Simon Marrero is one of four brothers from a New Orleans jazz family dynasty. Father Billy Marrero was a bassist who was among the first half-dozen instrumentalists to figure out that his instrument could be plucked as well as bowed. He tried to turn his entire brood into bassmen, but sons Laurence Marrero and John Marrero rebelled by taking up banjo. Simon Marrero was the senior sibling on the low axe, serving as a teacher to younger brother Eddie Marrero. The latter variation on "Simon Says" did not occupy all his waking time, even factoring in lessons for other bassists such as Al Morgan. Simon Marrero had time for a recording career that rivaled that of brother Laurence, usually considered the most famous musician in the family.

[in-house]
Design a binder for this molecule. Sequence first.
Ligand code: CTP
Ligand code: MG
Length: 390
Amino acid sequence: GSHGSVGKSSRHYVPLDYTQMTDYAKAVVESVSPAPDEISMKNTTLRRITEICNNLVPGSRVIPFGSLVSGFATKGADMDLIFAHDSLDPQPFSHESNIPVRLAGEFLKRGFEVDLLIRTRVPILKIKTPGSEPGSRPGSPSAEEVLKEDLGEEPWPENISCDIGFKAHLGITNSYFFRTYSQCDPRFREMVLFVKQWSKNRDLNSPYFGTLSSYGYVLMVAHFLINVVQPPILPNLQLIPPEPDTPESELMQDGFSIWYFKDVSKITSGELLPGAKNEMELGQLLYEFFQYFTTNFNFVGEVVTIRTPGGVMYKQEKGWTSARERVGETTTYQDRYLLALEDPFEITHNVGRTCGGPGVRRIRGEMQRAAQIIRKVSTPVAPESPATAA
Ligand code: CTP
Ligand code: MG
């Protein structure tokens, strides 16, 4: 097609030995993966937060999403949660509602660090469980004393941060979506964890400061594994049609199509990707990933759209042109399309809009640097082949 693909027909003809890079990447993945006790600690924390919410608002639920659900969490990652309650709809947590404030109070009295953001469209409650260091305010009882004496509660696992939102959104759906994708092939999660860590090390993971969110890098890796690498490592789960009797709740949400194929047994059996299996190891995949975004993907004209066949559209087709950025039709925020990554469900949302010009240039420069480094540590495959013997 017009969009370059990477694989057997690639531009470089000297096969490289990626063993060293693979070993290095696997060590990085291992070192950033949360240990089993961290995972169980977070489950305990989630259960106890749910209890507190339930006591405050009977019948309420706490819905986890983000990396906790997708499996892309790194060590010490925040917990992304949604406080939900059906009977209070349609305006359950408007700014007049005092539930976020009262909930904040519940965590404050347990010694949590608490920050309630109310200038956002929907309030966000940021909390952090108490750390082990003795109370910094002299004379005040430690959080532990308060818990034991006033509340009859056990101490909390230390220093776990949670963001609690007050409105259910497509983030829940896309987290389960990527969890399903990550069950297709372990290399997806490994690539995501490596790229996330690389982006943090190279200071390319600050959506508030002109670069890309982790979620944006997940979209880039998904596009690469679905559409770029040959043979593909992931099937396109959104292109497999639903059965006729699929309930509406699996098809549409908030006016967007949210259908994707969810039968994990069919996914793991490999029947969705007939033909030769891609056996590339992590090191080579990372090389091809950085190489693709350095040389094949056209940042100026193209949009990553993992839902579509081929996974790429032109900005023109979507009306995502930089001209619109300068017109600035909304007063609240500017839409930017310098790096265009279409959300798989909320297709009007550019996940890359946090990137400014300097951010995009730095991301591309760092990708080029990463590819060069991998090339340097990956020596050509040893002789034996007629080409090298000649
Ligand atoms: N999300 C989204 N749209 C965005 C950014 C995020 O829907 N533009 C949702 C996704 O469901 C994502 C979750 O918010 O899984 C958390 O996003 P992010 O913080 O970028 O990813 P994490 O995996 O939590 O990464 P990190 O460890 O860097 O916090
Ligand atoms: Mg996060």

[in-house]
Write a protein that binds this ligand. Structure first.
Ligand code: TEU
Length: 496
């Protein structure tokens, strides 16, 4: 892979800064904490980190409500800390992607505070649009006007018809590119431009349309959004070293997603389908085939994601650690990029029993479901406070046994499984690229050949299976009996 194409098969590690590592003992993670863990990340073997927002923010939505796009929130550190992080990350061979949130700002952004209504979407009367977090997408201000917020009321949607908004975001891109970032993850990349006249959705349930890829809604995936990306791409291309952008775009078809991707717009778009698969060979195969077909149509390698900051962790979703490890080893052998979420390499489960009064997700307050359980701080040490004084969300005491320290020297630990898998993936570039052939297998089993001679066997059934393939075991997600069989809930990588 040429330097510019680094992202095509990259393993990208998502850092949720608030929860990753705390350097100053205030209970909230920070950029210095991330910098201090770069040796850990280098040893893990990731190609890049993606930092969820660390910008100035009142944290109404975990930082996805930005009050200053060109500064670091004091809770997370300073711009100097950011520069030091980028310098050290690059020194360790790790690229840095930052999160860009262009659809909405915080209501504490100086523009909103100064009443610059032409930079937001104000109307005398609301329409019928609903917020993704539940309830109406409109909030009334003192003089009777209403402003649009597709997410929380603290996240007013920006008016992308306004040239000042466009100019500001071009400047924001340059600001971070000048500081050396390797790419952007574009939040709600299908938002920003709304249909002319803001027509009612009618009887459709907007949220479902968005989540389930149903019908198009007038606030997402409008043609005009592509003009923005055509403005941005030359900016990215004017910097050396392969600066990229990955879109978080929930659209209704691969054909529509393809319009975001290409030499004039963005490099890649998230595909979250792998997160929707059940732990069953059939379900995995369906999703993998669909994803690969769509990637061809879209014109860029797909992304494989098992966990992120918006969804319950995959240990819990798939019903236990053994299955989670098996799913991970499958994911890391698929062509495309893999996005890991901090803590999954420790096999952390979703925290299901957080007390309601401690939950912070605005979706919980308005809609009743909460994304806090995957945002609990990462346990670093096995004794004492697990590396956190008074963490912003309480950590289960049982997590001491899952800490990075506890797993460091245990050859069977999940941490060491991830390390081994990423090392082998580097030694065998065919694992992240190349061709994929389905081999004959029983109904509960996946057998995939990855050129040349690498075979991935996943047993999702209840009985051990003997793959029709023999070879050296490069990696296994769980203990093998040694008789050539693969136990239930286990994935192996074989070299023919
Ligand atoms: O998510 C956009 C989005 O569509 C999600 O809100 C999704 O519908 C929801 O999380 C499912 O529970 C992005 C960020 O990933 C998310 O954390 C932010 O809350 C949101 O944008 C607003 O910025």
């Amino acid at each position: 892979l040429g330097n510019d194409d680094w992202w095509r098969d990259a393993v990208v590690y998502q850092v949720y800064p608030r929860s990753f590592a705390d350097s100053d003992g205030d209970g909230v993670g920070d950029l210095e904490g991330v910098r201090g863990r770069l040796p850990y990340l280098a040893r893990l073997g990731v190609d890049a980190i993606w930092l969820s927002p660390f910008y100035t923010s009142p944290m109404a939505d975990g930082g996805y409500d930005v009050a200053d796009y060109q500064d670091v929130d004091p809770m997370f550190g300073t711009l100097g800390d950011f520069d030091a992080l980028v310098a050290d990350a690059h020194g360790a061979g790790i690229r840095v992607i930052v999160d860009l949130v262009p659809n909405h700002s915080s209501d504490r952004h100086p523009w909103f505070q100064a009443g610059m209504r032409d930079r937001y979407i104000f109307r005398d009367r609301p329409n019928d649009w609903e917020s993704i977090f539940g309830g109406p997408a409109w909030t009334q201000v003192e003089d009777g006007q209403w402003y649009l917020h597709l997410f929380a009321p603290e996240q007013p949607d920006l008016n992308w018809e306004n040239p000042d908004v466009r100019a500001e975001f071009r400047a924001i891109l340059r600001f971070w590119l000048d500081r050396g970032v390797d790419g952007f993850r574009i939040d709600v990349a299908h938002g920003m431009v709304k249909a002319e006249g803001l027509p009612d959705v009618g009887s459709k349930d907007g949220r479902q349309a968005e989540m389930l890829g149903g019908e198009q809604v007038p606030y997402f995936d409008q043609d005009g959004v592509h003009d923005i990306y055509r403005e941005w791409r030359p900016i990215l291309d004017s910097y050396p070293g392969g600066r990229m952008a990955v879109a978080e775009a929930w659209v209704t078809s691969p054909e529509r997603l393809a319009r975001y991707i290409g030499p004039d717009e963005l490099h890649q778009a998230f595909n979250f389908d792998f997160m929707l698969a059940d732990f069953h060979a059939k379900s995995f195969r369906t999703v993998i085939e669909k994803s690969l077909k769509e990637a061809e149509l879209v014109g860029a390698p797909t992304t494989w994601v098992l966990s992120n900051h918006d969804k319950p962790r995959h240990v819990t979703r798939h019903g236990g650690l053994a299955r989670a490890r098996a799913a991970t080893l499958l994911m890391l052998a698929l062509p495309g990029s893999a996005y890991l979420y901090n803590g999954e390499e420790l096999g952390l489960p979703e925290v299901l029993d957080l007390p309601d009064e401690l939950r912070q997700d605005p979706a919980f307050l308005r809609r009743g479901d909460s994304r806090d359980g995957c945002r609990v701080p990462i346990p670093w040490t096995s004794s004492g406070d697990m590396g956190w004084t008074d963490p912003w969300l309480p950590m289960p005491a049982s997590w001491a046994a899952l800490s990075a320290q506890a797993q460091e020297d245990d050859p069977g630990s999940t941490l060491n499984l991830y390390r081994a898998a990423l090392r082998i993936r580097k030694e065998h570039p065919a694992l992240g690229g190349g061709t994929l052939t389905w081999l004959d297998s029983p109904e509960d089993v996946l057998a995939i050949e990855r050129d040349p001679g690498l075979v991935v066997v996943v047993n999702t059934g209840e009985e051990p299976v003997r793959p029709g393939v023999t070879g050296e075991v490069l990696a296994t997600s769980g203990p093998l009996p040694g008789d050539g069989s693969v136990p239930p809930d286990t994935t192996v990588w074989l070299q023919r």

The bassist cut sides with bandleaders such as Papa Oscar Celestin and Dave Nelson; one amusing variation in discographies concerns just what type of bass instrument was being played. Some researchers insist the man only recorded on the strange brass bass, a version of the contrabass made out of metal that fares quite well in situations such as a drunk trying to kick the face of the instrument in. The presence of this instrument may explain why he is sometimes credited with playing tuba on recordings. The gumbo of instrumental interpretations has an attractive aroma whatever the final decision; by the standards of most music, a bassist who sounds like a tuba or the other way around is a good thing. This Marrero had no shortage of gigs whenever fellow musicians got a chance to hear him play bass, brass bass, or tuba. During one period of his career he worked with the Blue Rhythm Band in New York City. He also played in New Orleans with the Original Tuxedo Jazz Orchestra.